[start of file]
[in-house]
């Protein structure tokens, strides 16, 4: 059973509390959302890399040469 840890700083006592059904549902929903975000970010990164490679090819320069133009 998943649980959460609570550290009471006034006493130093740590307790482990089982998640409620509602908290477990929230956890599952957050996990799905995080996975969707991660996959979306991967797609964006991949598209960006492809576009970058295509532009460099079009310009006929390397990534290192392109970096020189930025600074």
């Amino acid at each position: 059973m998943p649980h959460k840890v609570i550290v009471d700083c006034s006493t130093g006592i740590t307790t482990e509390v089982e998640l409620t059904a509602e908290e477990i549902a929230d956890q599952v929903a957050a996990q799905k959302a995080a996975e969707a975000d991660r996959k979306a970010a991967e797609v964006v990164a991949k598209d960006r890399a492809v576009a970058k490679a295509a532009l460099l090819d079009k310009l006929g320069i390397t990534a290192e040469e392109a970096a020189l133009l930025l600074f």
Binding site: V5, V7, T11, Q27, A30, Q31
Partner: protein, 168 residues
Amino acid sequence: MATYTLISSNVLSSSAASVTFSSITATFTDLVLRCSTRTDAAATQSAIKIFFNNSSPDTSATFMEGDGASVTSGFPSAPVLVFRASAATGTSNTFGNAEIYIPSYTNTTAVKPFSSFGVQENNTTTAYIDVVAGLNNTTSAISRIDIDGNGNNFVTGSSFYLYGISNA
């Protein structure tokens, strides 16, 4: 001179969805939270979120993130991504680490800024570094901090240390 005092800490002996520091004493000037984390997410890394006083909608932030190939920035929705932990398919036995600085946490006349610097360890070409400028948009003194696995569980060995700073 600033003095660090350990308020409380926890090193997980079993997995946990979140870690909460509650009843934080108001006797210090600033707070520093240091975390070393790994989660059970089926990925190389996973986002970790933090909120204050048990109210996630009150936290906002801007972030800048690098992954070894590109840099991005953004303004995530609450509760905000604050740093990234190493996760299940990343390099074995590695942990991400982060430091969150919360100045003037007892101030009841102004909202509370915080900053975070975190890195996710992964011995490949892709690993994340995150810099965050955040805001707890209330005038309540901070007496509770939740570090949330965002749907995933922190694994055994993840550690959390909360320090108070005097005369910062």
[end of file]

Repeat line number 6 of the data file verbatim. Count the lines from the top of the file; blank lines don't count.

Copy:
Amino acid sequence: MATYTLISSNVLSSSAASVTFSSITATFTDLVLRCSTRTDAAATQSAIKIFFNNSSPDTSATFMEGDGASVTSGFPSAPVLVFRASAATGTSNTFGNAEIYIPSYTNTTAVKPFSSFGVQENNTTTAYIDVVAGLNNTTSAISRIDIDGNGNNFVTGSSFYLYGISNA